Educational Media Co. v. Insley, No. 12-2183
Decided: September 25, 2013
The Fourth Circuit held that a Virginia regulation preventing the printing of alcohol advertisements violated the First Amendment as applied to college student newspapers.
The Virginia Alcoholic Beverage Control Board (the “ABC”) prohibits college student newspapers from printing alcohol advertisements (the “Ban”). The college student newspapers at the University of Virginia and Virginia Tech (collectively “College Newspapers” or “Plaintiffs”) challenged the Ban as an unconstitutional restriction of commercial speech under the First Amendment. ABC defended the Ban on the grounds that it serves the state’s objective of combating underage and abusive college drinking. Both parties moved for summary judgment. At the hearing, the parties presented conflicting expert testimony as to the effect of advertising on demand for alcohol. The ABC’s expert economist argued that advertising for alcohol on a college campus met a very targeted audience, and thus, unlike alcohol advertising in other forms, has a substantial effect on demand. The College Newspapers countered with considerable evidence that advertising for alcohol has little to no effect on overall demand and established that a majority of their readers are of legal drinking age. Ultimately, the district court granted summary judgment for ABC, finding that the Ban did not violate the First Amendment. The College Newspapers appealed.
On appeal, the Fourth Circuit began by noting that restrictions on commercial speech are less suspect than restrictions on other forms of speech, and need only survive intermediate scrutiny. The College Newspapers argued that the court should examine the Ban under strict scrutiny based on the Supreme Court’s recent decision in Sorrell v. IMS Health Inc., where the court invalidated a Vermont law that regulated pharmacy advertising. The court declined to decide whether strict scrutiny applied, however because the court found that the Ban failed under intermediate scrutiny as defined in Central Hudson. Under Central Hudson, a regulation of commercial speech will be upheld if (1) the regulated speech concerns lawful activity and is not misleading; (2) the regulation is supported by a substantial government interest; (3) the regulation directly advances that interest; and (4) the regulation is not more extensive than necessary to serve the government’s interest.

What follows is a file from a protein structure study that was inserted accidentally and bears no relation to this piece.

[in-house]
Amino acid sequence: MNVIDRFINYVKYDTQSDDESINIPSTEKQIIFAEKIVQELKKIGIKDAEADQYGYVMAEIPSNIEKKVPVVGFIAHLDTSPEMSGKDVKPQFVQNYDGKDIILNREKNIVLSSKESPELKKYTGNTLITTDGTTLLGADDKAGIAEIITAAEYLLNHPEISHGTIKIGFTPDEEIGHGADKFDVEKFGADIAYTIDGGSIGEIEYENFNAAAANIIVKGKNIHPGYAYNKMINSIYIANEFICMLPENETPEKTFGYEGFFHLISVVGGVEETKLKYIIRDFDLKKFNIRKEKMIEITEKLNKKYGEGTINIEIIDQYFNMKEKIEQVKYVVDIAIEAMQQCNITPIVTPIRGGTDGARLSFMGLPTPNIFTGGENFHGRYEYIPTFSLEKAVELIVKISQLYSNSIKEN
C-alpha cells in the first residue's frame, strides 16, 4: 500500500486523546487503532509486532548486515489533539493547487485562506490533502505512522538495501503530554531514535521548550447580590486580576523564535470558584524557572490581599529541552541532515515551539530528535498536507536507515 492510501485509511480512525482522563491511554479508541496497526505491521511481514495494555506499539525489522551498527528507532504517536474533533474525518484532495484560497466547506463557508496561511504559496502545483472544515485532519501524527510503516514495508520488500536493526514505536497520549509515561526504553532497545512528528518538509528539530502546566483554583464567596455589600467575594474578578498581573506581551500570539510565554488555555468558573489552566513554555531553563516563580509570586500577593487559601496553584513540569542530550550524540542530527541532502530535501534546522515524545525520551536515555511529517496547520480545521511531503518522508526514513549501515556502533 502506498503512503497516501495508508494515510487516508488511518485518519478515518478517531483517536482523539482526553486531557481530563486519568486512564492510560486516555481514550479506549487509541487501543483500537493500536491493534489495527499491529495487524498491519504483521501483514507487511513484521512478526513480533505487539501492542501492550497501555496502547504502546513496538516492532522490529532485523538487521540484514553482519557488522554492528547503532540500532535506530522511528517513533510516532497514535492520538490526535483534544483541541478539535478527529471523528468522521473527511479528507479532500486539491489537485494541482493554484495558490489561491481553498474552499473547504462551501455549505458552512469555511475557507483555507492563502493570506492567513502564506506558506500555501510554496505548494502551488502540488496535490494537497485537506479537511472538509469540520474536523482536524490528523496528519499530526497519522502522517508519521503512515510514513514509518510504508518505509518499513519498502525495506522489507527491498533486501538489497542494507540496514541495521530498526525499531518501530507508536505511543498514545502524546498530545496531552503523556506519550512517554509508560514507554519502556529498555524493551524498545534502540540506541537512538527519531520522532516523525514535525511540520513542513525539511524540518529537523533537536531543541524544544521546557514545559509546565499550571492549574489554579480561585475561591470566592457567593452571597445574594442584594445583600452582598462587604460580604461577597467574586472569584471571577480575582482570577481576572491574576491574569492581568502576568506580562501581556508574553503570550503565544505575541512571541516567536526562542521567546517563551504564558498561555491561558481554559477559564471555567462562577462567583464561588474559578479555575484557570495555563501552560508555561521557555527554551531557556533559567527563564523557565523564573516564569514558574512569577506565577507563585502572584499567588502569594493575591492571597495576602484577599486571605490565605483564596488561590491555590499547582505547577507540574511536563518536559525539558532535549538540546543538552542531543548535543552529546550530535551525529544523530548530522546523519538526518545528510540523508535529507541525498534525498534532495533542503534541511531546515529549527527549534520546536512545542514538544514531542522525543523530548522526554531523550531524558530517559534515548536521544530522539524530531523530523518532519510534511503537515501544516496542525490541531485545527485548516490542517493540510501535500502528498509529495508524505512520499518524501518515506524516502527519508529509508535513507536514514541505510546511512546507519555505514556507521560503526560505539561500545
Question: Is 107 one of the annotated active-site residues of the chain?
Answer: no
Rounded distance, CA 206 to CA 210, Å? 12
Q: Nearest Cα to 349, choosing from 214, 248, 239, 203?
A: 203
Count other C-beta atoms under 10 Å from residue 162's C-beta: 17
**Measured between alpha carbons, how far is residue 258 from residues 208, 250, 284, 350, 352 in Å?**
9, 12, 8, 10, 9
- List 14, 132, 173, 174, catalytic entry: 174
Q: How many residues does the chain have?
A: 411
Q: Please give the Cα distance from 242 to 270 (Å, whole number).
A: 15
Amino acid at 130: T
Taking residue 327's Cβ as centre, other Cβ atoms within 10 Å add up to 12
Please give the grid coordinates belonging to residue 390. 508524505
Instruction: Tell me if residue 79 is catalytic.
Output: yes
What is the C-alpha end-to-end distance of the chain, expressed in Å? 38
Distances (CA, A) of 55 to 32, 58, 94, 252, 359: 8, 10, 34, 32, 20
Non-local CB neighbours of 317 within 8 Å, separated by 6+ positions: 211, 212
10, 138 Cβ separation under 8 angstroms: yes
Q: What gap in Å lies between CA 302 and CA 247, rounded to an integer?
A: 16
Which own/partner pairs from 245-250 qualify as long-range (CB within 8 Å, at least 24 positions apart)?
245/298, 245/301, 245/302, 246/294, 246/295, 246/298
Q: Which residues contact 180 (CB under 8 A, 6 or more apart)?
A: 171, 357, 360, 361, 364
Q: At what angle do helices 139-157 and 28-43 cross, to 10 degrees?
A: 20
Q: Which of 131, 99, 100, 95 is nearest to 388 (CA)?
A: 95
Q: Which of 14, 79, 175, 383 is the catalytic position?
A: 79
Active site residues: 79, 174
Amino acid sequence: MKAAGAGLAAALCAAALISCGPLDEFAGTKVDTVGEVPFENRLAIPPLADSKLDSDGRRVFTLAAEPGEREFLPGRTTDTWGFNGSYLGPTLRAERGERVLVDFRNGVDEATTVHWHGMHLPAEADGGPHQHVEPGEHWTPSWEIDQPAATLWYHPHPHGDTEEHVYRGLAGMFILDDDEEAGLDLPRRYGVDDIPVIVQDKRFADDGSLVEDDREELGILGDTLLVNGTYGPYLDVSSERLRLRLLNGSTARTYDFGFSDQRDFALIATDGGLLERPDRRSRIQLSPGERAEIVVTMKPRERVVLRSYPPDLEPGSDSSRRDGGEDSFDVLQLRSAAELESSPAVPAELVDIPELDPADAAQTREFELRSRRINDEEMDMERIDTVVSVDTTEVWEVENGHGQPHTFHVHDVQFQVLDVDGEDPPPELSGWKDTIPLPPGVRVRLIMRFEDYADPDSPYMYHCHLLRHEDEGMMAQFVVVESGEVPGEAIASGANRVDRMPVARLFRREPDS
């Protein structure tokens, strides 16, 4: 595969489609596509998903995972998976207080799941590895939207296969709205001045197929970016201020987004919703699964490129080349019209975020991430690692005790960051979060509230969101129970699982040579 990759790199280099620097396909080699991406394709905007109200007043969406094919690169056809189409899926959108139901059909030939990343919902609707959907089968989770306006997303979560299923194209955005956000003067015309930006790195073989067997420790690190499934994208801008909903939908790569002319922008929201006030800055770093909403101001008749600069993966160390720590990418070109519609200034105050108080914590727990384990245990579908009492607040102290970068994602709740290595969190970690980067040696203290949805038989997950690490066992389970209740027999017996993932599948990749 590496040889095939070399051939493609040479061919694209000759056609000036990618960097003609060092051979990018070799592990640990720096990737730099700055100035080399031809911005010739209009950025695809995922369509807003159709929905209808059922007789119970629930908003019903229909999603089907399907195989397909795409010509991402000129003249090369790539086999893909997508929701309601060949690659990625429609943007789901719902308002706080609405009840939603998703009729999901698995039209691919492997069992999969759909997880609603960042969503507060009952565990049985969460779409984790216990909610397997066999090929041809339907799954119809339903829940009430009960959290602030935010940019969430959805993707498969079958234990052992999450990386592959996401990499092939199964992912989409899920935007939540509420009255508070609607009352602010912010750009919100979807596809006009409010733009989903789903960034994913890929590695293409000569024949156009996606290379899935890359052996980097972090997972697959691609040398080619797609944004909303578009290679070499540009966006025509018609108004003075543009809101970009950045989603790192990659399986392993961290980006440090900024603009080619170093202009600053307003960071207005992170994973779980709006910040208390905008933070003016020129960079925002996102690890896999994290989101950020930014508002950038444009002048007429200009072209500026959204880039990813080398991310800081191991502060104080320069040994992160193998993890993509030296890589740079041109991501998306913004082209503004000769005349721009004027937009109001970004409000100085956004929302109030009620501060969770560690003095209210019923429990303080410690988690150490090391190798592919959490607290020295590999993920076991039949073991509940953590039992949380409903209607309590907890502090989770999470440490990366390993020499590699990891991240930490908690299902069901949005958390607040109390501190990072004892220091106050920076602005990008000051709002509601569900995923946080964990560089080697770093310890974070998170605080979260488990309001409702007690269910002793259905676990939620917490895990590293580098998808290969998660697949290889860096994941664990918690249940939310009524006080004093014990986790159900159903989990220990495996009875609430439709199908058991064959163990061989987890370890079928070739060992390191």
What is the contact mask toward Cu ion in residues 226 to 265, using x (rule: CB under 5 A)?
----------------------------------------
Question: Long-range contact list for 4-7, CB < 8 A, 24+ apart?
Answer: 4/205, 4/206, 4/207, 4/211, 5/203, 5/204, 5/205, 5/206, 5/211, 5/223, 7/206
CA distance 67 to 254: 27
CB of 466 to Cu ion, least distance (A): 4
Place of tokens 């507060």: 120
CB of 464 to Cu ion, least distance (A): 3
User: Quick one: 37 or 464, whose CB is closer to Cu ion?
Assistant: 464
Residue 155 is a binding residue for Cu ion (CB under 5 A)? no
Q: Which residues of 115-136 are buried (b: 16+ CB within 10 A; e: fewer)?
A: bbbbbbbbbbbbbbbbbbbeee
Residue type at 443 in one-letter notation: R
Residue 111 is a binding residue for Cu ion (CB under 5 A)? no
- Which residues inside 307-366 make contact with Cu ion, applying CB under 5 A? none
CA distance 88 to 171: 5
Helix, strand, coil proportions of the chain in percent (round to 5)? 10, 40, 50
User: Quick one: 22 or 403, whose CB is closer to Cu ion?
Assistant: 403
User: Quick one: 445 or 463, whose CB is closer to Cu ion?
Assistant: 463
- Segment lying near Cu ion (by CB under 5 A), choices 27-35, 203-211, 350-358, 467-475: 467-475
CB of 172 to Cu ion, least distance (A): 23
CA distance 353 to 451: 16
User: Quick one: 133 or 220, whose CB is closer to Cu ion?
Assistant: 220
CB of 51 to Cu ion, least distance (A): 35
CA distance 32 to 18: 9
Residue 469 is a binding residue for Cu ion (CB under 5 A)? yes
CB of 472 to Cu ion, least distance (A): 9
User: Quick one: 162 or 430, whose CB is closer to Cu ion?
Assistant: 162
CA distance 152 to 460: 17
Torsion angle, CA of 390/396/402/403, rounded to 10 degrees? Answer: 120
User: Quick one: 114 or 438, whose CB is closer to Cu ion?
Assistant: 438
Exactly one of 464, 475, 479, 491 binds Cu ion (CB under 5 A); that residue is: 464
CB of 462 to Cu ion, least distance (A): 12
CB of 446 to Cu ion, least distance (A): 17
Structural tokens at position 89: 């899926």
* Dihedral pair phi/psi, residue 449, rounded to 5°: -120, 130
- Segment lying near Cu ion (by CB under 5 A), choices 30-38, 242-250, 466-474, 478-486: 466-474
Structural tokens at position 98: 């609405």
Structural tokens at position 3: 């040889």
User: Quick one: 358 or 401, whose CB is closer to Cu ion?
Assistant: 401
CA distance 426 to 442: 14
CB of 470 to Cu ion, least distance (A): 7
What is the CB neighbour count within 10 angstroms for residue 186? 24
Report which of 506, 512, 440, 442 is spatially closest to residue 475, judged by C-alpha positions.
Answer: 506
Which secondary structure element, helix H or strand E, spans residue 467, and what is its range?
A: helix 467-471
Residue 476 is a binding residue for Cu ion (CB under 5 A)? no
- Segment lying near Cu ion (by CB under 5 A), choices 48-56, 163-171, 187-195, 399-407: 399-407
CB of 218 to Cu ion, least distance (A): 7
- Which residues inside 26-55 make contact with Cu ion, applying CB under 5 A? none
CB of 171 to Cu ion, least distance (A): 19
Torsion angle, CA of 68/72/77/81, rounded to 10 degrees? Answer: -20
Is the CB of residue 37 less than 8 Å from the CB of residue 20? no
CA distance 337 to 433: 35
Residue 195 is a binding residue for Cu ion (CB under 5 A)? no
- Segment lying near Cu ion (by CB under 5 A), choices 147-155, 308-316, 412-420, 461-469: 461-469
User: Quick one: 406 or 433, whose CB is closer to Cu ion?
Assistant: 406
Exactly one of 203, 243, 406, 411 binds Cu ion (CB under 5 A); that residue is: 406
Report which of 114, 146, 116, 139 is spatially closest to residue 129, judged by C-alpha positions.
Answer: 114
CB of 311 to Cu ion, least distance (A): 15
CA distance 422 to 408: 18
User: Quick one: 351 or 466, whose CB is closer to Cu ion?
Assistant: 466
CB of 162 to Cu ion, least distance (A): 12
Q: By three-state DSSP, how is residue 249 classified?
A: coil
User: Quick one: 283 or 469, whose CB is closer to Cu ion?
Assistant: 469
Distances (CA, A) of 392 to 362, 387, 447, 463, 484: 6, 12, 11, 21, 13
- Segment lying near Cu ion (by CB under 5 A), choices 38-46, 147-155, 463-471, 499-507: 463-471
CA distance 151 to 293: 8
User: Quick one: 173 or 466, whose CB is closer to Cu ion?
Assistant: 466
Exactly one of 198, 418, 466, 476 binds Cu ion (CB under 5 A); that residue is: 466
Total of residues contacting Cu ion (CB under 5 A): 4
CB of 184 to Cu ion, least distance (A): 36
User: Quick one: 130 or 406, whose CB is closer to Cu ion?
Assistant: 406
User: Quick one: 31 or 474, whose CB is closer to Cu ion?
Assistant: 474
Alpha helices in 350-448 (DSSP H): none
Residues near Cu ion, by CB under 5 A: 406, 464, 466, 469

The Fourth Circuit found that the Ban violated the Central Hudson test as applied to the Plaintiffs. The court held that there was no controversy as to the first, second, and third element. First, alcohol advertising is clearly a legal activity. Second, Virginia has a substantial government interest in combatting underage and abusive drinking on college campuses. Third, the Ban advances the stated government interest given that there is a general correlation between advertising of a product and demand for that product. Moreover, if the alcohol vendors did not believe that they could affect demand by advertising, they would not seek to advertise in the College Newspapers. However, the court held that the Ban failed under the fourth element because it was more extensive than necessary to serve the government interest. The Fourth Circuit held that the Ban prohibited large numbers of adults who are of legal drinking age from receiving truthful information about a product that they are legally allowed to consume. The court cited the Supreme Court’s statement that states may not “seek to remove a popular but disfavored product from the marketplace by prohibiting truthful, non-misleading advertisements.” Therefore, the court held that the district court erred in finding that the Ban was appropriately tailored to achieve its object of reducing abusive college drinking and reversed the district court, finding that the Ban violated the First Amendment as applied to the College Newspapers.
– Wesley B. Lambert